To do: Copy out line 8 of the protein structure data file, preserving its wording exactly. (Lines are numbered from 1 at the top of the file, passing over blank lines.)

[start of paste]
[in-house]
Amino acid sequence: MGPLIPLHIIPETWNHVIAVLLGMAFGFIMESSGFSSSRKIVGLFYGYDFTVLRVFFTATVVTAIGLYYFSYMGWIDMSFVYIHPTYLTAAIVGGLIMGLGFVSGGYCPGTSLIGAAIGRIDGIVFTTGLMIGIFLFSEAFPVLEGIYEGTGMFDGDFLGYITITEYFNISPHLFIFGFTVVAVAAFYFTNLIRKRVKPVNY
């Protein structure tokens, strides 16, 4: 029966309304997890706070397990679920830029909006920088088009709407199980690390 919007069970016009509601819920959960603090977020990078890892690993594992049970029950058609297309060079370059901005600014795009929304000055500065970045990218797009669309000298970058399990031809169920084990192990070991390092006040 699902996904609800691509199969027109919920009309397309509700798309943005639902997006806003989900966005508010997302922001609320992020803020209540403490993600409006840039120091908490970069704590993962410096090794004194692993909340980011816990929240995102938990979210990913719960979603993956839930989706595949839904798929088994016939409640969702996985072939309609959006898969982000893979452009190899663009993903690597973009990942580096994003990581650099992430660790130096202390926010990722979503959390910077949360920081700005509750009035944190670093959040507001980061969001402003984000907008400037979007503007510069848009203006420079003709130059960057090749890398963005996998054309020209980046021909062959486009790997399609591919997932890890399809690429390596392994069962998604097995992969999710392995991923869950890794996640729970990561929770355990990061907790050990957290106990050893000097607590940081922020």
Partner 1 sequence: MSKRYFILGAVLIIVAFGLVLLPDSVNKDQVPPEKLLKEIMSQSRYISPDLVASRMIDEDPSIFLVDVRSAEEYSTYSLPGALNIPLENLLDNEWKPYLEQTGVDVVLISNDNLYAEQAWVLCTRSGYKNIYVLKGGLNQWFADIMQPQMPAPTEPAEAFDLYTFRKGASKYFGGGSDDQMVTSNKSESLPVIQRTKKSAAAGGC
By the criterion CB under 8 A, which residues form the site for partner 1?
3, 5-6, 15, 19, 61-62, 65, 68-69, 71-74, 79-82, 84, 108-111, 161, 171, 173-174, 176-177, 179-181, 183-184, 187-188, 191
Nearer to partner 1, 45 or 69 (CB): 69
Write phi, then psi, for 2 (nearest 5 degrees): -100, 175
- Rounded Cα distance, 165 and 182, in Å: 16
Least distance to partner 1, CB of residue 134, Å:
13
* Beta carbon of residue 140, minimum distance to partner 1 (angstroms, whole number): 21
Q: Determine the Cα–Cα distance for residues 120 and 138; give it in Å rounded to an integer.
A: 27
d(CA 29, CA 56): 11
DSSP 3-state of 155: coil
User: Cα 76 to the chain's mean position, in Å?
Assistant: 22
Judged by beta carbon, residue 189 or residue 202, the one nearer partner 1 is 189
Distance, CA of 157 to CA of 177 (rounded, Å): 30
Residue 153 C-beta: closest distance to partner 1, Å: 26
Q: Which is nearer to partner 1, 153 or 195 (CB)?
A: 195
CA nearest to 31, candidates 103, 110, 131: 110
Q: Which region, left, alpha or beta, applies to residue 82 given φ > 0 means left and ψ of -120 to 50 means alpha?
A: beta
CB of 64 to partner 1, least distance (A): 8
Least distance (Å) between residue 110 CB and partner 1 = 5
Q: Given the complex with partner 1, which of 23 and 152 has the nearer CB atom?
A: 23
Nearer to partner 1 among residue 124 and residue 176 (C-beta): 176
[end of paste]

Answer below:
Write phi, then psi, for 2 (nearest 5 degrees): -100, 175